Melting Plastic and Manufacturing

  • Thread starter Wetmelon
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154
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Hey PF,

I normally frequent the EE portion of this board, but I had a question about plastics and plastic injection molding.

A buddy and I have an idea to create a rather small and specific plastic object in large quantities. We thought that to create small prototype quantities, we could melt plastics and re-pour them into our mold. Is this even possible, or do I need a high pressure to stop the plastics from burning instead of melting?

As for injection molding, what kind of costs are associated with tooling a mold and doing a production run (say of a few thousand objects of volume ~140mm^3 ABS plastic with designs on the surface)? Is there a better method to do what I'm thinking?
 

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Perhaps I should re-phrase. I want to use injection molding to produce the item in the post above. I would need to produce only about 1000 as a prototype, but production would require hundreds of thousands (to millions eventually). Is injection molding the right path, or should I look at some other technology?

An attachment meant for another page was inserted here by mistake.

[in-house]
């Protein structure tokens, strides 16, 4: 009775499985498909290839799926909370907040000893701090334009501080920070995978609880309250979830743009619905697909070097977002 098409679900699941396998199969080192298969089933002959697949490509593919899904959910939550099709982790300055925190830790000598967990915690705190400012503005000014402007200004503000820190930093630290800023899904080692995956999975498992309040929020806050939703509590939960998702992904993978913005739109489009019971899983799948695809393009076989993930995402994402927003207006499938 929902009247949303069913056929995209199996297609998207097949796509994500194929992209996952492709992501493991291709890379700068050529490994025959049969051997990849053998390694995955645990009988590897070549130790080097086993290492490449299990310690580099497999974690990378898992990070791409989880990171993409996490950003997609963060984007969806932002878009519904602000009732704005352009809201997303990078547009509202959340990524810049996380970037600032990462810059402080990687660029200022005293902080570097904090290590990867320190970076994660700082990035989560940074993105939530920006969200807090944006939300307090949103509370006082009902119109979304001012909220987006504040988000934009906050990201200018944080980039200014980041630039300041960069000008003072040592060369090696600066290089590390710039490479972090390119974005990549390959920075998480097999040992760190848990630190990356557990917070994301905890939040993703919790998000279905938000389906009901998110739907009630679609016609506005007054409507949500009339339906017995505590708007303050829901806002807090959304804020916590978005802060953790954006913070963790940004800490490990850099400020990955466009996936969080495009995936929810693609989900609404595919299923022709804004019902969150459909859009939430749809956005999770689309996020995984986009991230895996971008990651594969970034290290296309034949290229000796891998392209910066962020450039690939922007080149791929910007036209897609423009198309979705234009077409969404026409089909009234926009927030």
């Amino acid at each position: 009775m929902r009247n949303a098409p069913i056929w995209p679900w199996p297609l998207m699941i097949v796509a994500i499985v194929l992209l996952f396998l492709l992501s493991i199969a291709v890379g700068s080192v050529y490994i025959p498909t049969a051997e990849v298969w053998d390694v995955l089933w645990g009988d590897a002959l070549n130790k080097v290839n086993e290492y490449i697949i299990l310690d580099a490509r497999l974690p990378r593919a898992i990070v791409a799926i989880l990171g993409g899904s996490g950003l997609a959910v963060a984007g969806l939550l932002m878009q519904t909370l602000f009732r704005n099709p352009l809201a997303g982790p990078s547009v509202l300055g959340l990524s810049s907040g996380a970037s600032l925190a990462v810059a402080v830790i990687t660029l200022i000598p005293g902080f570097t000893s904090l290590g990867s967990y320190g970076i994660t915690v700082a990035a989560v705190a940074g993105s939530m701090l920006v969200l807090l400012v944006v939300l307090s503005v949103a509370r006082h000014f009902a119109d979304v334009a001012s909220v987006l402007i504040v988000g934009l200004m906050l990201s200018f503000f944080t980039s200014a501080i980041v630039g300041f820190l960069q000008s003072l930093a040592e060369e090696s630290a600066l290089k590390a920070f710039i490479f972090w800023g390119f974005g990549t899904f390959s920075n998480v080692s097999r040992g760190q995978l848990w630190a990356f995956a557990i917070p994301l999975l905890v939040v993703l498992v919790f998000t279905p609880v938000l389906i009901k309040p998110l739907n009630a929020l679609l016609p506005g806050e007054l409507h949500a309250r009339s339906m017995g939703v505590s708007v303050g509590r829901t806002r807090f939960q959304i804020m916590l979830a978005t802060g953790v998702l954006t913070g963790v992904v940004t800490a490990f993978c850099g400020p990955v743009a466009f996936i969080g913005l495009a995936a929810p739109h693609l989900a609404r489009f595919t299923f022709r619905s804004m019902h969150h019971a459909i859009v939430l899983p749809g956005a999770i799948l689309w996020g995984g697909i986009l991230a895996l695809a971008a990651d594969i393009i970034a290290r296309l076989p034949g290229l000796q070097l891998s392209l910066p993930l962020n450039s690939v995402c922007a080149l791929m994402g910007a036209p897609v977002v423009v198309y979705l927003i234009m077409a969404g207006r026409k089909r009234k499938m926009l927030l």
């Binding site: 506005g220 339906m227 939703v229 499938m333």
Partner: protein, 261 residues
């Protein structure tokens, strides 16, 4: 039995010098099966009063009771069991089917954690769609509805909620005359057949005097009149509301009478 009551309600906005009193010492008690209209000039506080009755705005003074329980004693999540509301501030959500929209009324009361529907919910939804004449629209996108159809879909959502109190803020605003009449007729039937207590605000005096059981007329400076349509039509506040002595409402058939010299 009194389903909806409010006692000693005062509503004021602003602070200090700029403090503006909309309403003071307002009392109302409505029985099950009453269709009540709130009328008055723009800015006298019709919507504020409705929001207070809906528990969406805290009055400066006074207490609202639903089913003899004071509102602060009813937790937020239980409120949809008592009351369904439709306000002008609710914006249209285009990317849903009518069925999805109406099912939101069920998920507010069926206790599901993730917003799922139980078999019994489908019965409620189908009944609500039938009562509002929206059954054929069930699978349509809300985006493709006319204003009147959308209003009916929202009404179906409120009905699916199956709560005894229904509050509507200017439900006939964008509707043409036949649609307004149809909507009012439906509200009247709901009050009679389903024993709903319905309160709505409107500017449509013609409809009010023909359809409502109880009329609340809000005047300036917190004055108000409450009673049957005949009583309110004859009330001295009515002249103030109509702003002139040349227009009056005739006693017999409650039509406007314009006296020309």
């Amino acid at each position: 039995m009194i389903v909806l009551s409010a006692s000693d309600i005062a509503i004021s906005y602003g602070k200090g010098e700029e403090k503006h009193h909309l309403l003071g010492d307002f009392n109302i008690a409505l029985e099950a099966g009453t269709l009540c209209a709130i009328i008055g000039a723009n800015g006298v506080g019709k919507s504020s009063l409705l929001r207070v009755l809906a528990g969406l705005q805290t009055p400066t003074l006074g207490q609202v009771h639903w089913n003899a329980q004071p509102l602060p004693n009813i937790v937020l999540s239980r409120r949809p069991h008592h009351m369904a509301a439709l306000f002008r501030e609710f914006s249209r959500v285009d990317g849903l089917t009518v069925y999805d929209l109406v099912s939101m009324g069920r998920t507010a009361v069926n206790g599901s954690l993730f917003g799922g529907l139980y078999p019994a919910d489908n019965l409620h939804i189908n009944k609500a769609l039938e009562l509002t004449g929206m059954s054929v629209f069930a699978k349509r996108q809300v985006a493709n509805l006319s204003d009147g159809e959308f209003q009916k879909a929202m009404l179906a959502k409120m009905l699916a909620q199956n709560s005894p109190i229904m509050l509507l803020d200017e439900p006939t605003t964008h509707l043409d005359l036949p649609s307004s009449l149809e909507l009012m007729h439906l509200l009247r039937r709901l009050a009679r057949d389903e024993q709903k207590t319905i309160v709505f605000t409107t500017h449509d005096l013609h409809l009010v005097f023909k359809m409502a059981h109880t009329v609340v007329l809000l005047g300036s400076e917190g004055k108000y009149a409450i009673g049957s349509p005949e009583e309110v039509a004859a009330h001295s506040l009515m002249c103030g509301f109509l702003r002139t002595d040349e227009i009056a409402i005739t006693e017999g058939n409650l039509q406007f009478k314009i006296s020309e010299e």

The injection molding cost depends on the size and design as well as the parts needed for creating the molded material.
 
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Injection molding is certainly your best bet. I've worked with a local company called BOJO (http://www.bojoinc.com/) who can answer all the questions, make molds, and make your parts. The mold cost will be based on the projected volumes, as one mold could make 1-up or 100-up of these at the same time. Ask for Matt.
 
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Actually, in the period since i posted this, I though perhaps extruding the plastic, rounding the end, then cutting to length would be more effective. Any thoughts?

Note that the pellet is 6mm diameter (approx)
 
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In high volume, nothing beats injection molding.
 
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If you do try to make them in your mold, there are certain types of plastics/polymers that can be melted. Basically you have thermoplastic polymers and thermosetting polymers. Thermoplastic can be melted and reformed, but don't use a direct flame or they might catch fire. A simple one to use depending on what it's used for is Polycaprolactone (google it) because you can essentially melt it in a hot water bath. Anyway, this is all just fyi. Good luck!

P.S. Polycaprolactone is sold as polymorph, shape lock, and a couple other brand names.
 
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